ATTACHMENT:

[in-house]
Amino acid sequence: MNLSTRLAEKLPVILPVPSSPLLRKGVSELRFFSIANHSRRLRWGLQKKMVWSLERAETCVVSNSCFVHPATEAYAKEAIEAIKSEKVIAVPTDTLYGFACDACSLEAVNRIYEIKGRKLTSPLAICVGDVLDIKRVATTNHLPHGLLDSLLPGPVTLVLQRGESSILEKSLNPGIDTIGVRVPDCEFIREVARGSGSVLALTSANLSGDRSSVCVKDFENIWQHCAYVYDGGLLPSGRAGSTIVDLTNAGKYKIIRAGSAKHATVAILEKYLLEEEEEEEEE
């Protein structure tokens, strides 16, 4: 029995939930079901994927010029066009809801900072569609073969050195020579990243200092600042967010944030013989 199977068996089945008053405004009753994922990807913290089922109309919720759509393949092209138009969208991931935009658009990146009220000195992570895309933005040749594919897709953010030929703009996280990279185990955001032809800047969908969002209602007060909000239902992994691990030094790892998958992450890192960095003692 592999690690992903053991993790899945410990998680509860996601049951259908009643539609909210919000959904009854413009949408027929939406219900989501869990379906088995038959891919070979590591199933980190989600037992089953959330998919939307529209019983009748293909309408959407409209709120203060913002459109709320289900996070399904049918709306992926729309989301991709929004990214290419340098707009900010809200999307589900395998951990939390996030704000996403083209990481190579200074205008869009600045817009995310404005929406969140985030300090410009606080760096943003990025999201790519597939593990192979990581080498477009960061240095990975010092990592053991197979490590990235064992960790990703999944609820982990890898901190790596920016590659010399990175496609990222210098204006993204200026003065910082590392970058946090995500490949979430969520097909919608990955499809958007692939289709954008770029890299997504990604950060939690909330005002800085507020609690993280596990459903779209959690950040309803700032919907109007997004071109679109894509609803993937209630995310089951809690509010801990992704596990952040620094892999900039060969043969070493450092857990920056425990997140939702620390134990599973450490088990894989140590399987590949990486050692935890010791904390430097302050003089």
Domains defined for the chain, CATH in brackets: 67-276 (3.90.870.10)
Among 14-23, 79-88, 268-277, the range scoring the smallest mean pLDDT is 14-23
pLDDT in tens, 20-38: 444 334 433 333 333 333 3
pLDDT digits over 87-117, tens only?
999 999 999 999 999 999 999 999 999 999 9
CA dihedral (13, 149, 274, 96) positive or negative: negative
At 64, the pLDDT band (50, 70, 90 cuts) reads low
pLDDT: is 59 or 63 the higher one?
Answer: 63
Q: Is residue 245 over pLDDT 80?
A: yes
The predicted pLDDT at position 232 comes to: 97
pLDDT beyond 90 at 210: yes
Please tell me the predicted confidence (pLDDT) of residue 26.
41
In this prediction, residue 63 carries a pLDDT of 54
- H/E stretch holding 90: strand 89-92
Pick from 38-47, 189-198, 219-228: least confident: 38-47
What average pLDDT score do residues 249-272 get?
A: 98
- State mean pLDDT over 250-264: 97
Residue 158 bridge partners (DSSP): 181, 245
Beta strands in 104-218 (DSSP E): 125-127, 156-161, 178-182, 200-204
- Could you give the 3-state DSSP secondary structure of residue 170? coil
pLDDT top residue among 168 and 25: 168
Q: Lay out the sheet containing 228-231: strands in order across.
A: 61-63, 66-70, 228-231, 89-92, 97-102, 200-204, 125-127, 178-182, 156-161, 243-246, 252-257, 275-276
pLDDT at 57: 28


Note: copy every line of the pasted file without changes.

[in-house]
Amino acid sequence: MNLSTRLAEKLPVILPVPSSPLLRKGVSELRFFSIANHSRRLRWGLQKKMVWSLERAETCVVSNSCFVHPATEAYAKEAIEAIKSEKVIAVPTDTLYGFACDACSLEAVNRIYEIKGRKLTSPLAICVGDVLDIKRVATTNHLPHGLLDSLLPGPVTLVLQRGESSILEKSLNPGIDTIGVRVPDCEFIREVARGSGSVLALTSANLSGDRSSVCVKDFENIWQHCAYVYDGGLLPSGRAGSTIVDLTNAGKYKIIRAGSAKHATVAILEKYLLEEEEEEEEE
């Protein structure tokens, strides 16, 4: 029995939930079901994927010029066009809801900072569609073969050195020579990243200092600042967010944030013989 199977068996089945008053405004009753994922990807913290089922109309919720759509393949092209138009969208991931935009658009990146009220000195992570895309933005040749594919897709953010030929703009996280990279185990955001032809800047969908969002209602007060909000239902992994691990030094790892998958992450890192960095003692 592999690690992903053991993790899945410990998680509860996601049951259908009643539609909210919000959904009854413009949408027929939406219900989501869990379906088995038959891919070979590591199933980190989600037992089953959330998919939307529209019983009748293909309408959407409209709120203060913002459109709320289900996070399904049918709306992926729309989301991709929004990214290419340098707009900010809200999307589900395998951990939390996030704000996403083209990481190579200074205008869009600045817009995310404005929406969140985030300090410009606080760096943003990025999201790519597939593990192979990581080498477009960061240095990975010092990592053991197979490590990235064992960790990703999944609820982990890898901190790596920016590659010399990175496609990222210098204006993204200026003065910082590392970058946090995500490949979430969520097909919608990955499809958007692939289709954008770029890299997504990604950060939690909330005002800085507020609690993280596990459903779209959690950040309803700032919907109007997004071109679109894509609803993937209630995310089951809690509010801990992704596990952040620094892999900039060969043969070493450092857990920056425990997140939702620390134990599973450490088990894989140590399987590949990486050692935890010791904390430097302050003089």
Domains defined for the chain, CATH in brackets: 67-276 (3.90.870.10)
Among 14-23, 79-88, 268-277, the range scoring the smallest mean pLDDT is 14-23
pLDDT in tens, 20-38: 444 334 433 333 333 333 3
pLDDT digits over 87-117, tens only?
999 999 999 999 999 999 999 999 999 999 9
CA dihedral (13, 149, 274, 96) positive or negative: negative
At 64, the pLDDT band (50, 70, 90 cuts) reads low
pLDDT: is 59 or 63 the higher one?
Answer: 63
Q: Is residue 245 over pLDDT 80?
A: yes
The predicted pLDDT at position 232 comes to: 97
pLDDT beyond 90 at 210: yes
Please tell me the predicted confidence (pLDDT) of residue 26.
41
In this prediction, residue 63 carries a pLDDT of 54
- H/E stretch holding 90: strand 89-92
Pick from 38-47, 189-198, 219-228: least confident: 38-47
What average pLDDT score do residues 249-272 get?
A: 98
- State mean pLDDT over 250-264: 97
Residue 158 bridge partners (DSSP): 181, 245
Beta strands in 104-218 (DSSP E): 125-127, 156-161, 178-182, 200-204
- Could you give the 3-state DSSP secondary structure of residue 170? coil
pLDDT top residue among 168 and 25: 168
Q: Lay out the sheet containing 228-231: strands in order across.
A: 61-63, 66-70, 228-231, 89-92, 97-102, 200-204, 125-127, 178-182, 156-161, 243-246, 252-257, 275-276
pLDDT at 57: 28